great Google search results

10 Google best practices for better Ancestry search results.

When I first started writing Google search queries for my ancestor research, I would start by entering my ancestor’s name with the impression/hope that Google would provide me a list of all the pages containing relevant information. I have since learned that searching the Web is a skill that can be learned, and with a bit of practice, you can find the information you seek.

Great Google Search Results in Ancestry Research
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I want to share a few principles I have learned that can make a huge difference in your ability to search and find information about your family, no matter where it is on the Internet. It will require a little work initially, but you will reap the rewards again and again. This article is part of 4 article series that includes:

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Building a Foundation for Google Research

Instead of going to the library, traveling great distances to secure records, or waiting weeks and months to hear from correspondence, the Internet has opened the opportunity to make research as close as your desktop. Census images are now online. One can post a query on a message board and begin a dialog with genealogists within hours or instantly share research and photos with a click.

Searching databases is just one part of the research you can do. Some sites provide

  • Historical information
  • Records such as census, birth, marriage and death records
  • Leads to books and other materials available to help with your research
  • Free courses to help you learn fundamentals to advance research issues
  • Message boards where you post and view queries to genealogy questions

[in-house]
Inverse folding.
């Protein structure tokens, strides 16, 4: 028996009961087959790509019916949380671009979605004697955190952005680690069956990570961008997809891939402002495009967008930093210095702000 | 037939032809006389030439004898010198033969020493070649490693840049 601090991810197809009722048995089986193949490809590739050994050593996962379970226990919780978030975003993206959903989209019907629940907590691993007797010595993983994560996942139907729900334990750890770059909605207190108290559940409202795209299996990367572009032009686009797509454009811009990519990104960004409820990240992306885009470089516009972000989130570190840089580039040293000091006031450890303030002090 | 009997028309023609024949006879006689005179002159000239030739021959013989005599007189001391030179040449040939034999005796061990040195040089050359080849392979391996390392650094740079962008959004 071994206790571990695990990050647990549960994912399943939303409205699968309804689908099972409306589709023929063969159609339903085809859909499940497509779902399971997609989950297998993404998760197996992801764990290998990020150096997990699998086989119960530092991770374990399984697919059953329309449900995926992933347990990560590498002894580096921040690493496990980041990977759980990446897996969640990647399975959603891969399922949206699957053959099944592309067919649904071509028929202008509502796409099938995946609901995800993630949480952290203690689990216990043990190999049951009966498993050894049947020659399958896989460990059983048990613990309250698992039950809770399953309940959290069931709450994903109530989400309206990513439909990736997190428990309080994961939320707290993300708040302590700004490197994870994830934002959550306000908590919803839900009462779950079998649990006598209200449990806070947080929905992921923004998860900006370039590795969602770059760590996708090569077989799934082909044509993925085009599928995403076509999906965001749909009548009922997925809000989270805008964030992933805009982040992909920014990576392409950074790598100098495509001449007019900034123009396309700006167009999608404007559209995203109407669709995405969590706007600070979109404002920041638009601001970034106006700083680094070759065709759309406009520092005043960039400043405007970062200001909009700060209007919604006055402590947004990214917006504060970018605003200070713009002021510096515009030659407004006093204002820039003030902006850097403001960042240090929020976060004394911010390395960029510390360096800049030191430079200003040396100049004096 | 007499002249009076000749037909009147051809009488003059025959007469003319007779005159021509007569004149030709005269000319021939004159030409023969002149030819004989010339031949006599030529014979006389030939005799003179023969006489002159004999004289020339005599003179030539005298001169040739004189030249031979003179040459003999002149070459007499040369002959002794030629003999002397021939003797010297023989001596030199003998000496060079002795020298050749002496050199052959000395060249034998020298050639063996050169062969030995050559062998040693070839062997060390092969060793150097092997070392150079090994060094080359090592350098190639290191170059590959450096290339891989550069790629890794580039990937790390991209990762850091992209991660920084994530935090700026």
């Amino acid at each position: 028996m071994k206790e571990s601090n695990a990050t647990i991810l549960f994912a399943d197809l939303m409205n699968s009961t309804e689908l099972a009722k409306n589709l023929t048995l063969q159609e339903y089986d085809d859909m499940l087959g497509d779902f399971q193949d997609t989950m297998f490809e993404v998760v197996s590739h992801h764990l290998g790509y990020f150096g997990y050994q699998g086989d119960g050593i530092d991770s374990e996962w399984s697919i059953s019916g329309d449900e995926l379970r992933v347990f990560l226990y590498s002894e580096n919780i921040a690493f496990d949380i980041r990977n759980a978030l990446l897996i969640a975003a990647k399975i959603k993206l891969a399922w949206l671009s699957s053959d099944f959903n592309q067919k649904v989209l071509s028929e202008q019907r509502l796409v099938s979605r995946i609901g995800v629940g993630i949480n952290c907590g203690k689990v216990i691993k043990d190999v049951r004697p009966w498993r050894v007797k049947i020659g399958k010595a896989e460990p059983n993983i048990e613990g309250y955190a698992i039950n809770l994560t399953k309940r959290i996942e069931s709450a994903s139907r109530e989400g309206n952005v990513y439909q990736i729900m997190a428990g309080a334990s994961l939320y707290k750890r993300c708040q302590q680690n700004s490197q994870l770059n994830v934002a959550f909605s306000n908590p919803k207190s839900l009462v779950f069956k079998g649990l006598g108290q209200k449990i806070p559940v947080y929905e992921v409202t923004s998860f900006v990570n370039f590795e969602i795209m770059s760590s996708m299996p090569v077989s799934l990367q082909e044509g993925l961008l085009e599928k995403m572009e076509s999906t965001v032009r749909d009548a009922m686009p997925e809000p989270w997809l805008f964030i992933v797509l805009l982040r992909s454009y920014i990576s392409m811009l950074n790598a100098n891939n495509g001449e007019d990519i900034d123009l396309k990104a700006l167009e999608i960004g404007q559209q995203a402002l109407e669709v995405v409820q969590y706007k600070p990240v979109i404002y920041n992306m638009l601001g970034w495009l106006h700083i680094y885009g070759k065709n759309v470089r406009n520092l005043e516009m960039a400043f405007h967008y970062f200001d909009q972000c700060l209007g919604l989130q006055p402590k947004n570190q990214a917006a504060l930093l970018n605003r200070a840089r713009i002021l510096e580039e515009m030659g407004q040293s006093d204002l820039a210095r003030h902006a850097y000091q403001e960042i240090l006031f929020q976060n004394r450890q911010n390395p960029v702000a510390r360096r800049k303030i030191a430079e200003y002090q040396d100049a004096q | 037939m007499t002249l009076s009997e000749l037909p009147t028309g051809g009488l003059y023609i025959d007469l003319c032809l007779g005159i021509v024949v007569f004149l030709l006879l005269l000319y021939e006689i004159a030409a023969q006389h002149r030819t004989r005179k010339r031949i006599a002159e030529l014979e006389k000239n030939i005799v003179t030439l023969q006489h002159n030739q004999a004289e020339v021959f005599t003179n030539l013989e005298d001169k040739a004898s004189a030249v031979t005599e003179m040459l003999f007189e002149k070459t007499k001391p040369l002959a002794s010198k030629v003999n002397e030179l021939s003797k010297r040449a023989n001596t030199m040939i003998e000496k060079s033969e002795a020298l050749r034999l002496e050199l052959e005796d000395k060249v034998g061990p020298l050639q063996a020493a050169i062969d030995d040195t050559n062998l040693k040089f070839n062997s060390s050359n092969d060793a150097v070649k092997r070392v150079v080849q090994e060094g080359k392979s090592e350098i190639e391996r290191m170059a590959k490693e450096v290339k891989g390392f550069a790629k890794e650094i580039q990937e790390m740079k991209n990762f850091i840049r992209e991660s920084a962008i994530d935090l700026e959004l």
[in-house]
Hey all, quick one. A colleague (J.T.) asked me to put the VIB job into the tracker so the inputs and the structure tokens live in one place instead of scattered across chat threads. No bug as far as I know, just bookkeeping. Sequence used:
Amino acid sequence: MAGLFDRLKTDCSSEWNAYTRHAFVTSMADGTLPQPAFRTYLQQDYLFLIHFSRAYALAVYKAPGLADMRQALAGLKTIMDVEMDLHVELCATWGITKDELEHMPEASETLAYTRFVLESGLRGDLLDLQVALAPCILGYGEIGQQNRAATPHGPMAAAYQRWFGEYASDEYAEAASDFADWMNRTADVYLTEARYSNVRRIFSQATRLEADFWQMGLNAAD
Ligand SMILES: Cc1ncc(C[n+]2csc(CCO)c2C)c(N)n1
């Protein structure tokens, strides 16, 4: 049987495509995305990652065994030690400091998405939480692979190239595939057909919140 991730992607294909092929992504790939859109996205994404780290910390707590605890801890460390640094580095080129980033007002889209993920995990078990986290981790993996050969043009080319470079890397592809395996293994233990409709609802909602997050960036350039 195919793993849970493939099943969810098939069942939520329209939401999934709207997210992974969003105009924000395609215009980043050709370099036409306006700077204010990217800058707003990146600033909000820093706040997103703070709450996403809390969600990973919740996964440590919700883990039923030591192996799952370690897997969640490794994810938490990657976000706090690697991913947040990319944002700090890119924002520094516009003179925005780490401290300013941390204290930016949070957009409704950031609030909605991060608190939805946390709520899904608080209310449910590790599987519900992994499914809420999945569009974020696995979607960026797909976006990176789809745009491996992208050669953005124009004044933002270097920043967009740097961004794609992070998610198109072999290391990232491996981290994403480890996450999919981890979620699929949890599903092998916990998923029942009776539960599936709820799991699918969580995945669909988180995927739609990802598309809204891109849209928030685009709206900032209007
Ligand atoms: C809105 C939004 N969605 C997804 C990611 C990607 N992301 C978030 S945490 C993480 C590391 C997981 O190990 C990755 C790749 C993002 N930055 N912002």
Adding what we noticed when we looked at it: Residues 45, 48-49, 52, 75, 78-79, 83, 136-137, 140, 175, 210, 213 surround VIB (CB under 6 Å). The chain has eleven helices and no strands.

• Find links to free online forms, guides, publications, calendar conversion tools, translation tools, and many other valuable tools that will help organize your research
  • Family trees and histories

I use search engines (such as Google) frequently to assist genealogy research. Whether I am conducting a surname search, looking for an address, seeking an answer to a question, or looking for a particular database, Google provides relevant search results in seconds. Making Google productive for your research is knowing how to use the search engine to query for results. This chapter will expand on this topic and provide ideas on how to search the Internet like a genealogist.

We like to think that everything found on the Internet is accurate and true. However, you should always verify any genealogy information found online, no matter what site you find the information on. The best way to verify the information is to locate and research the source. Many databases include a list of sources, but sometimes you’ll encounter one that doesn’t. In this case, look at dates and the type of information and ask yourself what type of source would provide that information.

A note about search engines: All search engines are not alike. Search engines have different talents and abilities, each searching and cataloging the Internet differently. When results show 850,000 “hits,” the search engine will provide a maximum of 200 to 1,000 hits in the search results. Be aware that search engines use robot indexers to search the Web for content. When a new website appears, it may be months before a search engine finds and indexes the site. Less than 50 percent of the visible Internet has been indexed. “Visible web” refers to the portion of the Internet that search engines can index. The invisible Internet is incompatible file structures in websites that search engines cannot index. Invisible pages and specialized or authoritative indexes can only be found at the portal and searched with a page’s built-in search capability. A good example would be, where many pages are not indexed but can be easily found when using the search function on

Search engines are very sophisticated. If your search is not relevant to what you are looking for, it is most likely an issue with your keyword selection. If you find a webpage today, there may be a chance that you won’t find it later. A website may change a URL or shut down, which outdates the previous indexes and frustrates your attempts to repeat a search. A webmaster that removes or renames pages often disturbs search engine index’s reliability and produces “Page Not Found” messages.